SDCC '08 - The Haunted Tank Rolls Again at Vertigo

A new five issue Haunted Tank miniseries was announced at Friday’s Vertigo Panel at San Diego Comic-Con. Written by The Dark Goodbye’s Frank Marraffino with art by Omega Men and regular 2000 AD artist Henry Flint, this is the latest classic DC property to be granted new life under the Vertigo imprint. The series previously was set to a World War Two backdrop, but the revival updates to match current events, with tank haunting phantasm General Jeb Stuart setting up shop in modern Iraq.

General Jeb Stuart and his ghastly assault vehicle last appeared in the bitingly funny Doctor Thirteen backup stories of Tales of the Unexpected. We caught up with the creative team and got their thoughts on the new series.

Newsarama: Tell us about the new Haunted Tank series - what inspired this reboot?

Frank Marraffino: This Haunted Tank is an M1A1 Abrams blazing across the sands of Iraq at the starting bell of the 2003 invasion. Again the ghost of Civil War General Jeb Stuart shows up to act as a spectral combat sage. No longer satisfied with only being a cryptic Caucasian Confucius, Jeb now takes a more active role but the frightful efforts of this plantation-raised, slave-owning, defender of the Confederacy are not entirely welcome by the black tank commander whose name is… Jamal Stuart.

When I heard word from Brandon Montclare that Haunted Tank was fair game at Vertigo, it was immediately obvious that it should be set in Iraq and that the lead protagonist would behave more than a little superciliously towards the Haunter in Whiteness. The sparks would fly, drive and maybe even snorkel.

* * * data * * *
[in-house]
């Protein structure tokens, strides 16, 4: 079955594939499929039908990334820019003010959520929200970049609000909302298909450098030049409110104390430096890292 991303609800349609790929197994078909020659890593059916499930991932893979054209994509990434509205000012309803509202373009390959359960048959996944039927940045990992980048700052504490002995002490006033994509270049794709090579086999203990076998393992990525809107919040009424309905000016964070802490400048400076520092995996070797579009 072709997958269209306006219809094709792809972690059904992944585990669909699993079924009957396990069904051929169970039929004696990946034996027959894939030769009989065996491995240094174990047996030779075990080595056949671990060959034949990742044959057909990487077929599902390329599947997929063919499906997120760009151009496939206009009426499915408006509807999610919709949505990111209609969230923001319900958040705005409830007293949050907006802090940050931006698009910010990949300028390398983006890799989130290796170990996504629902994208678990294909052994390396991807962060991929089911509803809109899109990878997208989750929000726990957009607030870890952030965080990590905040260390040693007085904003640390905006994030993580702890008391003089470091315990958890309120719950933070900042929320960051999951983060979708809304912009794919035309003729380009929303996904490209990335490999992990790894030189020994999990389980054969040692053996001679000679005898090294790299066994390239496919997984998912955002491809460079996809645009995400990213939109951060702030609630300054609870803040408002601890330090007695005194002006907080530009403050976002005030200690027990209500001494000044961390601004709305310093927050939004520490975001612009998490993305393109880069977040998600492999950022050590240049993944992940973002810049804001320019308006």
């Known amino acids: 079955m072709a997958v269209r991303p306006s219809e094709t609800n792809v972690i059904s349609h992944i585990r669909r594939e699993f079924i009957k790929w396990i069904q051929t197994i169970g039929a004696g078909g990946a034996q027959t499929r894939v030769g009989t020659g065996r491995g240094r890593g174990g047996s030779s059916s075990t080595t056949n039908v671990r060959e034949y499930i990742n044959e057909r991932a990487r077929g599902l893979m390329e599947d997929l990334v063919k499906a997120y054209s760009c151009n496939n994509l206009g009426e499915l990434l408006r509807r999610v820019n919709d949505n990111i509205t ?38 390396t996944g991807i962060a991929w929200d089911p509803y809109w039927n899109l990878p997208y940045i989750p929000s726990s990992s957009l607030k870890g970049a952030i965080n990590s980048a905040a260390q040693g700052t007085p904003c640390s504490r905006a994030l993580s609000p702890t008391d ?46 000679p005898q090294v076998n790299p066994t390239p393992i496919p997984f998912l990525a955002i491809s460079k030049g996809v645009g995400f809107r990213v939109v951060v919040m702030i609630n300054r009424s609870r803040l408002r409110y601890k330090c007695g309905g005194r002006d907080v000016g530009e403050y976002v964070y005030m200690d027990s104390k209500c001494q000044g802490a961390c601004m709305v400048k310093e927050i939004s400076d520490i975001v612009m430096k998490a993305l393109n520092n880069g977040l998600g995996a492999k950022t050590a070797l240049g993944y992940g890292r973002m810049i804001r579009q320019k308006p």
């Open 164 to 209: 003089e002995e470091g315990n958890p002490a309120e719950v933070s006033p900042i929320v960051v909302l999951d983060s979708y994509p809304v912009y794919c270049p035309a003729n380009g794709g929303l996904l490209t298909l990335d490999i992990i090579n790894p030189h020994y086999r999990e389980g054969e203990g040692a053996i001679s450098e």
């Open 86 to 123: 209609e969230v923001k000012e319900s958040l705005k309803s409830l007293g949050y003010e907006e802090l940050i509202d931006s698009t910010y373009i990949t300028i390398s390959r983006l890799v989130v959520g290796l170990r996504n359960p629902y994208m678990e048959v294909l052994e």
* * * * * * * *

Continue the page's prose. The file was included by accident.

Brandon and Bob Schreck told me there was only one way to do this – and that was to bring in stealth weapon Henry Flint. With Henry involved, the book could be called the Haunted Wheelbarrow and people would show up to see the destruction of the garden. His art has been nothing short of breathtaking, in both the showy and the subtle moments. When this drops, Henry will no longer be able to bust bunkers covertly over here.

Henry Flint: I didn't want letters in from Abrams tank crews telling me I'd got things wrong so right from the start we got together a fair amount of reference material. Every few days I'd have a dozen or so pictures scanned and emailed to me from Frank from obscure books that I'd have no hope of finding here in the UK. We wanted to get the look of this one right- I spent weeks sketching before starting the first page.

NRAMA: Where does this series differ from previous iterations?

FM: Everywhere you look. The violence here is more brutal, the insensitivities more gleeful, the guffaws broader and the chaos more disquieting. Lee Loughridge's colors are gorgeous and Travis Lanham on lettering is pushing the boundaries of what is possible on the printed page.

This is your Haunted Tank on drugs – bubbling on the skillet and ready to pop.

As a Vertigo book, you can bet the language will be saltier and the bloodshed more peppery. But besides being able to show the wounds, we're going to be poking around inside of them to see just how deep the injuries are.

HF: From the art point of view I didn't know about Joe Kubert's work on Haunted Tank, my local newsagent only had a few titles to choose from. Haunted Tank is something I didn't grow up reading, so we're hoping that people will be able to see I've looked at this from a fresh perspective.

NRAMA: Henry, what are you doing visually to, well, Haunt this Tank, and stylistically sell the paranormal bent?

HF: In a lot of the old stories J.E.B. is a floating head playing a kind of advising role. Frank has given him a more physical appearance, galloping alongside the Abrams giving him a more full on part in the action. I love the idea that he's a ghost, bullets go through him but he can still slice off limbs with his sword...a selective presence.

NRAMA: As you said, there had to be a ton of research to get accurate representations of the hardware, and the geographic layout. From your work on Omega Men, I notice a heavy element of grit to your work, do you think this is part of what made you such a strong fit for this book?